with Montana horseuiieves in the whole
sale thefts of horses In this state, has'
been held for trial In 32500 bonds.
U. S. Senator, Cong., c,ong.. Governor. ! Scc'y of State. Treasurer of State. c
lpa regular term. 1st Dist. Sid Dust. - v
COUNTY. 5 I f ? 5 : 3 ? 1 : ? 3 a
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Official Count of the Votes
Cast April 20.
Oregon Secretary of State Has Com
piled the Figures Sent In by the
Clerks of the Various
Counties in State.
SALEM, Or., May J. (Special.) The
accompanying table shows the com
plete official vote received by the sev
eral candidates for state offices on the
Republican ticket at the primary elec
tion held Friday, April 20, which were
compiled today in the Secretary of
State's office from the certified returns
made by the respective County Clerks:
7764!4893;3905!576li;52S8H3912 7879 1832;14175 il7254 15808:3583, 501l, 7456 8339, 8874, 2724'6148
.,,2003' 1....... .;!.... 1 .;....)
Following is the vote received In the
several districts for Judges, District At
torneys. Joint Senators and Joint Repre
sentatives: Circuit Judge.
Second District
L. T. Harris 5.209
Fourth District. Department No. 2
Alfred F. Sears. Jr 6.082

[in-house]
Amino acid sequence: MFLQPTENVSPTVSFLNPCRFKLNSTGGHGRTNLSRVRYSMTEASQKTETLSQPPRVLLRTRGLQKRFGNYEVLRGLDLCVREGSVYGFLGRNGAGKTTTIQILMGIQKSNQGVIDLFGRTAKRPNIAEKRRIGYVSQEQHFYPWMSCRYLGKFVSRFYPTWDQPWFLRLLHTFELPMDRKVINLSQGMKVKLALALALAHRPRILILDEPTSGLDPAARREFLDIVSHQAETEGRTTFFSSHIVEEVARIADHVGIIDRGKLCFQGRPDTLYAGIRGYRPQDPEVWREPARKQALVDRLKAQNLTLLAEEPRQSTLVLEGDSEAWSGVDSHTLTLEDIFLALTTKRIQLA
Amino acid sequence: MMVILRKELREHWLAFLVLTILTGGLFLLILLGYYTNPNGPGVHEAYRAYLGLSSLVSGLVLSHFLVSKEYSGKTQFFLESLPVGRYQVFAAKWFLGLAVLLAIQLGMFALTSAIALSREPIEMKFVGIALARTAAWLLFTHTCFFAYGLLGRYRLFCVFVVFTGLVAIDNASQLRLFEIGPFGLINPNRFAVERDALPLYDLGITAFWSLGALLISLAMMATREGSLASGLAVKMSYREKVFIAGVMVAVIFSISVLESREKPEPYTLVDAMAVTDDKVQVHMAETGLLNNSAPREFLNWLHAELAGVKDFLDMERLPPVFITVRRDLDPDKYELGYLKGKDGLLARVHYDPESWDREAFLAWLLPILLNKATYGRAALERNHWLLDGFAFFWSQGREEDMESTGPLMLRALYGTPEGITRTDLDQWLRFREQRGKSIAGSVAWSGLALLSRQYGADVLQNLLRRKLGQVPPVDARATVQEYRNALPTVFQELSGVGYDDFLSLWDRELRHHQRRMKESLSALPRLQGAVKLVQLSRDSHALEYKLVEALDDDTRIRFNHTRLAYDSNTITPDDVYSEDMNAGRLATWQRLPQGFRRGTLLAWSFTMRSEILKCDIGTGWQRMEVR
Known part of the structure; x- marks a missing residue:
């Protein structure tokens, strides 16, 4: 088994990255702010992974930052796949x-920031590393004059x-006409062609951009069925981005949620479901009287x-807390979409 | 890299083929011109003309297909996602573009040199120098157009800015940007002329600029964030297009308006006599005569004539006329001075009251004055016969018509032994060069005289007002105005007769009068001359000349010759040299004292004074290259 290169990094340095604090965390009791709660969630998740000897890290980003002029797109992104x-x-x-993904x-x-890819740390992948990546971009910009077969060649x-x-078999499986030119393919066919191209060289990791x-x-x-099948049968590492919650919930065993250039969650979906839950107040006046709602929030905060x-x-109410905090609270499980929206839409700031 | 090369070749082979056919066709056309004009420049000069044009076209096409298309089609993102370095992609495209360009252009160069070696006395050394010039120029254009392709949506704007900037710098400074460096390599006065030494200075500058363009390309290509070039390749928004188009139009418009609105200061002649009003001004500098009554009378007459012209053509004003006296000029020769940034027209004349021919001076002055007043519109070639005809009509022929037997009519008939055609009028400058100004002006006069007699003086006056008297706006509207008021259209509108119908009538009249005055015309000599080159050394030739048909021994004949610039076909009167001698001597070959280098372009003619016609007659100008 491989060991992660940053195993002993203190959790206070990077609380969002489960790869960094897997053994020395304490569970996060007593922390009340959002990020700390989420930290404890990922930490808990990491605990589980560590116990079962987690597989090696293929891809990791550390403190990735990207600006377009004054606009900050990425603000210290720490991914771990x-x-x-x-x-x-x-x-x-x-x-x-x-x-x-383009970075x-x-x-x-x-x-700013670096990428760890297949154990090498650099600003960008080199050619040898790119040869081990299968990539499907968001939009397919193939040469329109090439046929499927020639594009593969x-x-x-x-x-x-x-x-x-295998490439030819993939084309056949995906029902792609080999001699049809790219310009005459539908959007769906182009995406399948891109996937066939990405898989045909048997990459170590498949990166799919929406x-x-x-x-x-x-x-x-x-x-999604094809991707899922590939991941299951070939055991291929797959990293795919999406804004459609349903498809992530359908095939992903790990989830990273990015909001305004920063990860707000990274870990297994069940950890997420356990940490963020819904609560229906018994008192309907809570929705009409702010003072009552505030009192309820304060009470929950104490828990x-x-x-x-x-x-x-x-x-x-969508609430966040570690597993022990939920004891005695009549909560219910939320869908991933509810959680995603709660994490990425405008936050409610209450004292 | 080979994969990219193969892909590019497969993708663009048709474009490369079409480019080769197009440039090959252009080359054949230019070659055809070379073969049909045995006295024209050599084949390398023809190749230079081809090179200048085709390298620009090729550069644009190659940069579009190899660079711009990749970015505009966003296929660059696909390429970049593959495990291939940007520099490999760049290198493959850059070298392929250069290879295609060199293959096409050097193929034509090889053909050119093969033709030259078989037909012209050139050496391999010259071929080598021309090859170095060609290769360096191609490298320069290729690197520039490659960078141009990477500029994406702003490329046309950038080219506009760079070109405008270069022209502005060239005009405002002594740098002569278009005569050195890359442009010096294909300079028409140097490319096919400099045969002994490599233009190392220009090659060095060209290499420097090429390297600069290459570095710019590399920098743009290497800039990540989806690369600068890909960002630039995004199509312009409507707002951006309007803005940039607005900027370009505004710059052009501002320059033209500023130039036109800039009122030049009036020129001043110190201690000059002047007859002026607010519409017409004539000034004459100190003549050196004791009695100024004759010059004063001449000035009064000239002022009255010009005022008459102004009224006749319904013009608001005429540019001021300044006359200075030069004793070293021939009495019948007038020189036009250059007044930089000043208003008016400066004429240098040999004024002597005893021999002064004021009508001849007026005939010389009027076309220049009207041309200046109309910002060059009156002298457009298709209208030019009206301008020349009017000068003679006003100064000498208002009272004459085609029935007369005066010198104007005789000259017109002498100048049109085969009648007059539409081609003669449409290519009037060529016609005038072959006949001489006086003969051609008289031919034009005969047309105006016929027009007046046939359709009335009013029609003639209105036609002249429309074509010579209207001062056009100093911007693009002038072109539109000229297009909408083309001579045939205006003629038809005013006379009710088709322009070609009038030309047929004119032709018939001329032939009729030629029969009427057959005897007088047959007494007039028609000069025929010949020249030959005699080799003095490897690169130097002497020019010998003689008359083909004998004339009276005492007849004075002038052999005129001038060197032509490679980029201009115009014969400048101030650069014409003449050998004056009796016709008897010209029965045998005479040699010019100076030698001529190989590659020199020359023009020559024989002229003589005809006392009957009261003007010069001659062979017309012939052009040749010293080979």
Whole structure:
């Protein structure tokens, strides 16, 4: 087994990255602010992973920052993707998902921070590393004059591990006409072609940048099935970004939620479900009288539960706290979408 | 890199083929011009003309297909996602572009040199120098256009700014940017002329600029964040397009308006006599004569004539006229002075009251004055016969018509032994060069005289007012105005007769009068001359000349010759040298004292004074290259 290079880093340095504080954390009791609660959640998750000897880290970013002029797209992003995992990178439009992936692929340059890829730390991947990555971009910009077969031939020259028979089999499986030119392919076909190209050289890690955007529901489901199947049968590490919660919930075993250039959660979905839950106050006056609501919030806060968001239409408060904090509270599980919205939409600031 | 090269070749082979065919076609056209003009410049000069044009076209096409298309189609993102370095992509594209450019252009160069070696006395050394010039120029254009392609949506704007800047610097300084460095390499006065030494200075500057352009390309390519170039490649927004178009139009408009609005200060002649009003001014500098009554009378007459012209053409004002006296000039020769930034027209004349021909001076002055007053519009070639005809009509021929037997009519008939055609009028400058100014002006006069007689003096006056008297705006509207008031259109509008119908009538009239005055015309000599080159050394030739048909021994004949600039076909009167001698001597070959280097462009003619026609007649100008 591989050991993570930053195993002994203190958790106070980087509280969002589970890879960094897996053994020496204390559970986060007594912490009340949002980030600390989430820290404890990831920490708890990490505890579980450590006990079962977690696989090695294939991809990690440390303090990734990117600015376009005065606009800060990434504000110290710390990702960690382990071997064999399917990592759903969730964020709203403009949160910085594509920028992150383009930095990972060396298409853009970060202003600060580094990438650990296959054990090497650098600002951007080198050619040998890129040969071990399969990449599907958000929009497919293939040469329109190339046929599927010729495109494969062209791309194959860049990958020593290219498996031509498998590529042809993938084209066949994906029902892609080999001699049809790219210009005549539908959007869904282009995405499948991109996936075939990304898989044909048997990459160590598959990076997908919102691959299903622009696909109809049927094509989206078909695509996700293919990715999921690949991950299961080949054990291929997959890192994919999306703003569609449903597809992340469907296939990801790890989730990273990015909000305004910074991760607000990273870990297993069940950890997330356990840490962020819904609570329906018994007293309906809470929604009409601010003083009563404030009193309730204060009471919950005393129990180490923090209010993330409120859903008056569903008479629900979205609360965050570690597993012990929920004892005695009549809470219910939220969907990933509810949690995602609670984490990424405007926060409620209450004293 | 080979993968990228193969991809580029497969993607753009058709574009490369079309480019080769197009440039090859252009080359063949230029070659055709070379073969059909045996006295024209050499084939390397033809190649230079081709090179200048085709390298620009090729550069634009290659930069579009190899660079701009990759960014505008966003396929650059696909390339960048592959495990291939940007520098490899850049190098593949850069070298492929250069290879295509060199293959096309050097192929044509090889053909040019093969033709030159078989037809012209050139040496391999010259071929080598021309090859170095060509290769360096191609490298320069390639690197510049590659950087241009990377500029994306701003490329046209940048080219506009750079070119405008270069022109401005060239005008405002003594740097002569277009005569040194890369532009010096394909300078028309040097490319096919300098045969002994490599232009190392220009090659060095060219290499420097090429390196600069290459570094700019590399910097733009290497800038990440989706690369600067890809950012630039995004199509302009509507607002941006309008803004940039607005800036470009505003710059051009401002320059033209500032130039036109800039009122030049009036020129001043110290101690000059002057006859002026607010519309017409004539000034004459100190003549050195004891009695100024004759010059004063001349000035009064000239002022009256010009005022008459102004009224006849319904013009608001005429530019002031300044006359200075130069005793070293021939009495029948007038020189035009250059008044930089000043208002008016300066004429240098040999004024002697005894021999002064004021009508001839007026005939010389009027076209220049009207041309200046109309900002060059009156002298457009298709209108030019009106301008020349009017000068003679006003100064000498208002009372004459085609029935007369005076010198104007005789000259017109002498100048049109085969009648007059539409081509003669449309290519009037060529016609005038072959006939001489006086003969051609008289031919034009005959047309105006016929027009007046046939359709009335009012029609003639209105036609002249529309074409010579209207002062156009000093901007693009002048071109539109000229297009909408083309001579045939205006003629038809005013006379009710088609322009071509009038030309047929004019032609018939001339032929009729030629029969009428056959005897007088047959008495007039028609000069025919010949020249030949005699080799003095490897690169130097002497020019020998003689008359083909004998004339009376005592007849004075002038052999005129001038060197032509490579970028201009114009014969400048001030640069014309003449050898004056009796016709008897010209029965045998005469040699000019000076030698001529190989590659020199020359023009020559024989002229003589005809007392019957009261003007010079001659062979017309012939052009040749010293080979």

Robert G. Morrow 5,039
Fourth District. Department No. 4
C. U. Gantenbeln 5.740
M. C. George 5,596
Sixth District
H. S. Bean 1,002
Thomas Fitzgerald ' 645
H. E. Collier 470
Elshth District-
William G. Drowley 823
M. L. Olmsted..... 489
District Attorney. Tenth District-
Francis S. Ivanhoe 67
Scott Z. Henderson 4o
Joseph F. Baker..... 344
E. W. Bartlett , 175
Joint Senators.
Linn and Marion-
Frank J. Miller 3.913
Clackamas and Multnomah
A. A. Bailey 5.903
Samuel Connell 3.794
George M. Orton 3.514
Lmatilla. Morrow and Union
W. G. Cole 2.945
Baker. Haxney and Malheur
J. N. Hart 1.215
1. W. Hope 891
Joint Representatives.
Coos and Curry
Ed Rackliff 378
R. D. Hume 3
Douglas and Jackson
W. I. Vawter 1,112
J. A. Buchanan 967
George W. Riddle 63
J. M.-Hansbrough 454
Lincoln and Palk
B. F. Jones
J. S. Cooper
. 712
, 180
Tillamook and Yamniii
A. G. Beals
J. J. Howser
Matthew Thompson